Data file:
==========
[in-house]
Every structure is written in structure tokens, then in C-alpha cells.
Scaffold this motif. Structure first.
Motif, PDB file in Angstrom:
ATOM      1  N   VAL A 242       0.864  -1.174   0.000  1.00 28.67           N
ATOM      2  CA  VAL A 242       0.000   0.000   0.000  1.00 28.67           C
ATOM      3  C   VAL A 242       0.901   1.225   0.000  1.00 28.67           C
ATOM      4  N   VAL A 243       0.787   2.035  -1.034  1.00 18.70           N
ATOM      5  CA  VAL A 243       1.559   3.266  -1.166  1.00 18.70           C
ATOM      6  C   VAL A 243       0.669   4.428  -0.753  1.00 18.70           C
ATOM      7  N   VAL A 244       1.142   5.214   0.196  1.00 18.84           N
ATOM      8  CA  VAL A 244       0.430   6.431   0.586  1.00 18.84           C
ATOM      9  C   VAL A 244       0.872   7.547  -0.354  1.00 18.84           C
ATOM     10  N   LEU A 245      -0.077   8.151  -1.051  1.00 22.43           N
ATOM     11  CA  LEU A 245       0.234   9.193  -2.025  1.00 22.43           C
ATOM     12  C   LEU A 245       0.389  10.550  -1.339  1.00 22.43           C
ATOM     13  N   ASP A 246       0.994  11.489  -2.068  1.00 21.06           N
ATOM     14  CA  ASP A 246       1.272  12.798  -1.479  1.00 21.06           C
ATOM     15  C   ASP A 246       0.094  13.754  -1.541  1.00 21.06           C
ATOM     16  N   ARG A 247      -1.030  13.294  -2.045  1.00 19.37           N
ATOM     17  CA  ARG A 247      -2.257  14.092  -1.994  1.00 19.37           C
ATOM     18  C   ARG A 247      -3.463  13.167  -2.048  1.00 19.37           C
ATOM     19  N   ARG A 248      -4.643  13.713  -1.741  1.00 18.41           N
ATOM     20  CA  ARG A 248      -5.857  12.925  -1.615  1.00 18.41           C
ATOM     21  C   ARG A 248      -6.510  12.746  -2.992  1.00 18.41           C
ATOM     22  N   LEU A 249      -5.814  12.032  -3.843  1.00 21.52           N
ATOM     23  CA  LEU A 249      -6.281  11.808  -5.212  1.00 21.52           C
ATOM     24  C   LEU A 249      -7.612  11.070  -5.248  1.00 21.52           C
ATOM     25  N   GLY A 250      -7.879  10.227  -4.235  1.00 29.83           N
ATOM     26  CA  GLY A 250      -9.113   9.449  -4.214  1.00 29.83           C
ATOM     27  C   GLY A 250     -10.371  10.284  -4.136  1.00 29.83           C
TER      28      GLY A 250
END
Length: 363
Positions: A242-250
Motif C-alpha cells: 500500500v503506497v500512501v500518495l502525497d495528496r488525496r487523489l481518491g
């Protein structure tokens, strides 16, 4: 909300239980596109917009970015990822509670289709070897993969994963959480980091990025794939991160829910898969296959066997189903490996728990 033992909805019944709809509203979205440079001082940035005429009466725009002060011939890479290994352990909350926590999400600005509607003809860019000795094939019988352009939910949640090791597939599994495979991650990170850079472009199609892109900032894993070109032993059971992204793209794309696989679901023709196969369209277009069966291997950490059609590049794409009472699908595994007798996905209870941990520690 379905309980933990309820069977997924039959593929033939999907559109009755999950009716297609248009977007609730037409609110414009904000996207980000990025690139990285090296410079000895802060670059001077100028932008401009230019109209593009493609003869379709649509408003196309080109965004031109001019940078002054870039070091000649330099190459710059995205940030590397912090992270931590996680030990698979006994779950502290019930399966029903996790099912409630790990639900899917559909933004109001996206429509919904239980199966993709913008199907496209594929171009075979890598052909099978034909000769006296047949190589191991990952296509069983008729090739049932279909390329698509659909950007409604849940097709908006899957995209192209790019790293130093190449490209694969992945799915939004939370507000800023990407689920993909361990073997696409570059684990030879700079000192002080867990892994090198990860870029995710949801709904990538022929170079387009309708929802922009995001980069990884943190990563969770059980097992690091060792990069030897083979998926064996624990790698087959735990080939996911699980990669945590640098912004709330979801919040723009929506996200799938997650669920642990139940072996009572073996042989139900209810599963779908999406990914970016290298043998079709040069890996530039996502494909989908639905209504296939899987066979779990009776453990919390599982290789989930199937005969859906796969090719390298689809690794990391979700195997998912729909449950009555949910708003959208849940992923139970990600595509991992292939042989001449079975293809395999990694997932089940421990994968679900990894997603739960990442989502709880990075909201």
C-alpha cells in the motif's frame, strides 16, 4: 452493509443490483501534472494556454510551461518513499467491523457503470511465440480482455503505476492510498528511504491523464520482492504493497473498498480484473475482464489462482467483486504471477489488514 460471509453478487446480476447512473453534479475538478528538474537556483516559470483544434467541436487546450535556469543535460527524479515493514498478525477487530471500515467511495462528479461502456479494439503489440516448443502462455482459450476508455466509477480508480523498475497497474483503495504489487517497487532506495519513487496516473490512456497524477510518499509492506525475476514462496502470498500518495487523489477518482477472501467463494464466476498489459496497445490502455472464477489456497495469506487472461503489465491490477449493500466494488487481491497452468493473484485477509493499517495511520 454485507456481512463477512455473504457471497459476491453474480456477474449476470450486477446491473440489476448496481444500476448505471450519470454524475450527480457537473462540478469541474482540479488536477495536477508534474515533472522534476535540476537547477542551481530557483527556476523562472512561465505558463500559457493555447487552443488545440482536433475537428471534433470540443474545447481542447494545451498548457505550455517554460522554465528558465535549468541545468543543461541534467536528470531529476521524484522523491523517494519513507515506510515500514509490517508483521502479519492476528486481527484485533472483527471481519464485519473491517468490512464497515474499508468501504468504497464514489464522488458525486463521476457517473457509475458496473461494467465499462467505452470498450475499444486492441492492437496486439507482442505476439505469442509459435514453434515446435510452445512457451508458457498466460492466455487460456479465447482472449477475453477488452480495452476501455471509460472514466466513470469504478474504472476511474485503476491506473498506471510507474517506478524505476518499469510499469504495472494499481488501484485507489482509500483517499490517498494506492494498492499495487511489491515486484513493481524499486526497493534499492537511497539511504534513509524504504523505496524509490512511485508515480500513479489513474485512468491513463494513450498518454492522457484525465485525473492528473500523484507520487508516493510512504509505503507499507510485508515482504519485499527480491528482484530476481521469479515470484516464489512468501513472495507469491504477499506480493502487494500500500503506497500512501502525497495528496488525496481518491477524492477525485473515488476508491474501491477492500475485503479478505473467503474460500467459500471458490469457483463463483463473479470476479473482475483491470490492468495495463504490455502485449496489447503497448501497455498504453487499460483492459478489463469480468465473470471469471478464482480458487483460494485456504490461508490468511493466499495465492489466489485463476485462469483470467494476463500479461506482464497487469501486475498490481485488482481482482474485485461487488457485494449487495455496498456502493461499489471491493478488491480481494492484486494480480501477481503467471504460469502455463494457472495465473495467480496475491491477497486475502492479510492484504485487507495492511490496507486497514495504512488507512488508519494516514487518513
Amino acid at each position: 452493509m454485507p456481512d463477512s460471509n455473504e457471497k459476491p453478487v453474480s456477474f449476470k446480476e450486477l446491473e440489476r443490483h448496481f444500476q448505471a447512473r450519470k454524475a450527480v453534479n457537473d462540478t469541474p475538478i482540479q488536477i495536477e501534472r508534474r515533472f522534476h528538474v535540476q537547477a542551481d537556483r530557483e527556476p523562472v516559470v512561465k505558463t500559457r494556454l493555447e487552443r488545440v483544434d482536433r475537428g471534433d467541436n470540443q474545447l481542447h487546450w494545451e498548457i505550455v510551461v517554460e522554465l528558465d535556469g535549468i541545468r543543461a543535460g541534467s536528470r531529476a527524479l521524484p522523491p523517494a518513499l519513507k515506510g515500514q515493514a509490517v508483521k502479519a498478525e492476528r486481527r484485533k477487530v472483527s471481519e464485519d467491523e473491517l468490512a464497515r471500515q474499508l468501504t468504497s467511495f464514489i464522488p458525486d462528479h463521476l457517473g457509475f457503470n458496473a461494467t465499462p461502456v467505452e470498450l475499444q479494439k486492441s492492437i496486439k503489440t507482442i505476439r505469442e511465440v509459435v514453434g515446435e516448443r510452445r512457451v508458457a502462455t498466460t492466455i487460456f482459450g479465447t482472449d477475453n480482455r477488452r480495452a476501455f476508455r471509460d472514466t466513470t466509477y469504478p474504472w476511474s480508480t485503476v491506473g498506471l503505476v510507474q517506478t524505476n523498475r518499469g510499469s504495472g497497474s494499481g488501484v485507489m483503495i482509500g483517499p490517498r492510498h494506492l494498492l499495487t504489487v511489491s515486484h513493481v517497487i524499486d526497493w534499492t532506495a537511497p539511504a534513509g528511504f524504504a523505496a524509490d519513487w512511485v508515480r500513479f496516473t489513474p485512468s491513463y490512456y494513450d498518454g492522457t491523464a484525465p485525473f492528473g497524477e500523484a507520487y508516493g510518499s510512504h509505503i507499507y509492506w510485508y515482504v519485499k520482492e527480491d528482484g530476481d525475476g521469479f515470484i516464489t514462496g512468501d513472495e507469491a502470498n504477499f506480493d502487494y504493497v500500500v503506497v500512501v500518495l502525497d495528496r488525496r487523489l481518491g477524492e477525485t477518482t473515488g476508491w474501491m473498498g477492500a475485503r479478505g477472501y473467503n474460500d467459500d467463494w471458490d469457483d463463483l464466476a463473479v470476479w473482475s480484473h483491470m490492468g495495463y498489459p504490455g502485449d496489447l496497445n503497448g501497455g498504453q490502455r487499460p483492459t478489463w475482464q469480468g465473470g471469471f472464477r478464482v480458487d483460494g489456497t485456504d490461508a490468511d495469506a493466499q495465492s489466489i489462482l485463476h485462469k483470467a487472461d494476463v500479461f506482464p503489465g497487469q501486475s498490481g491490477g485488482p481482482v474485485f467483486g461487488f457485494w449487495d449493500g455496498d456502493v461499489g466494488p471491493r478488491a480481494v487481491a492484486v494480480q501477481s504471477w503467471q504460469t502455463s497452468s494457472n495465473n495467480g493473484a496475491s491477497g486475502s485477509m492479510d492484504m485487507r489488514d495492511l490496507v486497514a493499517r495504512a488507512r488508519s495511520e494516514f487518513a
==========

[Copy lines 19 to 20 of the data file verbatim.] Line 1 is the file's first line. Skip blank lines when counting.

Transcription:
ATOM     15  C   ASP A 246       0.094  13.754  -1.541  1.00 21.06           C
ATOM     16  N   ARG A 247      -1.030  13.294  -2.045  1.00 19.37           N